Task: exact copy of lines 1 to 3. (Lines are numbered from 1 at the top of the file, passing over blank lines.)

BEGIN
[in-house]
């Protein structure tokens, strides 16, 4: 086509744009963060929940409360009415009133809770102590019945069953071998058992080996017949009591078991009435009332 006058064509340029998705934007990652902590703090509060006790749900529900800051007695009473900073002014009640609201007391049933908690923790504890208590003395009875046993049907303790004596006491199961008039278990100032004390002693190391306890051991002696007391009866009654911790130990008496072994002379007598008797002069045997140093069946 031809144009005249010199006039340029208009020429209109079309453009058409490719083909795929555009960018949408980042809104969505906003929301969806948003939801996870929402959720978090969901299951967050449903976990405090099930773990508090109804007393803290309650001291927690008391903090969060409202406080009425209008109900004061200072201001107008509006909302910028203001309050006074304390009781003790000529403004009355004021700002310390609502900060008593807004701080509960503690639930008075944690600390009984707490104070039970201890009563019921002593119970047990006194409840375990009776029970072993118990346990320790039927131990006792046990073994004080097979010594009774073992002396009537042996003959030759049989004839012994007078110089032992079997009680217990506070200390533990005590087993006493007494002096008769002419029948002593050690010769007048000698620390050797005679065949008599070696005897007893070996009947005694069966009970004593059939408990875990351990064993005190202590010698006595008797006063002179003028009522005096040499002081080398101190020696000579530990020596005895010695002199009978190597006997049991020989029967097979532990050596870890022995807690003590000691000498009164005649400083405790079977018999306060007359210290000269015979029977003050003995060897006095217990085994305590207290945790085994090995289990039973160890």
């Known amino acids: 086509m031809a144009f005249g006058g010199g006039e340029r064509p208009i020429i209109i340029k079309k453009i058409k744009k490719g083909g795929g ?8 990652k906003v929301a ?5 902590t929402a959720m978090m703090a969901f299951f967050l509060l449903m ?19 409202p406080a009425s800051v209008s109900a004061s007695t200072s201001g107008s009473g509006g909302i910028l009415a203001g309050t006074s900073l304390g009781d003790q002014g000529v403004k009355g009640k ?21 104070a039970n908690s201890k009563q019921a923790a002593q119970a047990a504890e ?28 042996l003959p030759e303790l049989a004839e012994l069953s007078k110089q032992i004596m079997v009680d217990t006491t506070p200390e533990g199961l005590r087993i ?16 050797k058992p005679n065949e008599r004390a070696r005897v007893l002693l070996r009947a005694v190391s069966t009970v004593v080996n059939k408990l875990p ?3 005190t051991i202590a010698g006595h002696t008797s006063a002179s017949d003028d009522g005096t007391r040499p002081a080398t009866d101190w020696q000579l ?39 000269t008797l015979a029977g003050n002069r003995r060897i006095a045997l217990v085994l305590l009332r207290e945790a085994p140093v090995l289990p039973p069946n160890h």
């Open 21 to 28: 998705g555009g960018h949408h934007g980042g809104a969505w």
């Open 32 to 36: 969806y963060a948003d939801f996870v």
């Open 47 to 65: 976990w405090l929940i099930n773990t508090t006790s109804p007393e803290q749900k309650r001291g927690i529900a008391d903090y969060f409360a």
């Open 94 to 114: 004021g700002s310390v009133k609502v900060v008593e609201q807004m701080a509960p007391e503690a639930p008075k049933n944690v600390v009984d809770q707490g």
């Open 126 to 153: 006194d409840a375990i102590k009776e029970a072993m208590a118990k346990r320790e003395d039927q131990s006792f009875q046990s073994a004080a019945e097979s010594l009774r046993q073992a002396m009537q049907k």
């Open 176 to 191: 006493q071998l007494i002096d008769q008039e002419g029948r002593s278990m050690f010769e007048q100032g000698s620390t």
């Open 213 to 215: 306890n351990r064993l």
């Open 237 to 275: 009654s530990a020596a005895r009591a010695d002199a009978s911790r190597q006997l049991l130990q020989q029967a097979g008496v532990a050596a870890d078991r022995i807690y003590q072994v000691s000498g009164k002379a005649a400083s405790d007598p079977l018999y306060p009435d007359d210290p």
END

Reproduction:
[in-house]
């Protein structure tokens, strides 16, 4: 086509744009963060929940409360009415009133809770102590019945069953071998058992080996017949009591078991009435009332 006058064509340029998705934007990652902590703090509060006790749900529900800051007695009473900073002014009640609201007391049933908690923790504890208590003395009875046993049907303790004596006491199961008039278990100032004390002693190391306890051991002696007391009866009654911790130990008496072994002379007598008797002069045997140093069946 031809144009005249010199006039340029208009020429209109079309453009058409490719083909795929555009960018949408980042809104969505906003929301969806948003939801996870929402959720978090969901299951967050449903976990405090099930773990508090109804007393803290309650001291927690008391903090969060409202406080009425209008109900004061200072201001107008509006909302910028203001309050006074304390009781003790000529403004009355004021700002310390609502900060008593807004701080509960503690639930008075944690600390009984707490104070039970201890009563019921002593119970047990006194409840375990009776029970072993118990346990320790039927131990006792046990073994004080097979010594009774073992002396009537042996003959030759049989004839012994007078110089032992079997009680217990506070200390533990005590087993006493007494002096008769002419029948002593050690010769007048000698620390050797005679065949008599070696005897007893070996009947005694069966009970004593059939408990875990351990064993005190202590010698006595008797006063002179003028009522005096040499002081080398101190020696000579530990020596005895010695002199009978190597006997049991020989029967097979532990050596870890022995807690003590000691000498009164005649400083405790079977018999306060007359210290000269015979029977003050003995060897006095217990085994305590207290945790085994090995289990039973160890």
């Known amino acids: 086509m031809a144009f005249g006058g010199g006039e340029r064509p208009i020429i209109i340029k079309k453009i058409k744009k490719g083909g795929g ?8 990652k906003v929301a ?5 902590t929402a959720m978090m703090a969901f299951f967050l509060l449903m ?19 409202p406080a009425s800051v209008s109900a004061s007695t200072s201001g107008s009473g509006g909302i910028l009415a203001g309050t006074s900073l304390g009781d003790q002014g000529v403004k009355g009640k ?21 104070a039970n908690s201890k009563q019921a923790a002593q119970a047990a504890e ?28 042996l003959p030759e303790l049989a004839e012994l069953s007078k110089q032992i004596m079997v009680d217990t006491t506070p200390e533990g199961l005590r087993i ?16 050797k058992p005679n065949e008599r004390a070696r005897v007893l002693l070996r009947a005694v190391s069966t009970v004593v080996n059939k408990l875990p ?3 005190t051991i202590a010698g006595h002696t008797s006063a002179s017949d003028d009522g005096t007391r040499p002081a080398t009866d101190w020696q000579l ?39 000269t008797l015979a029977g003050n002069r003995r060897i006095a045997l217990v085994l305590l009332r207290e945790a085994p140093v090995l289990p039973p069946n160890h």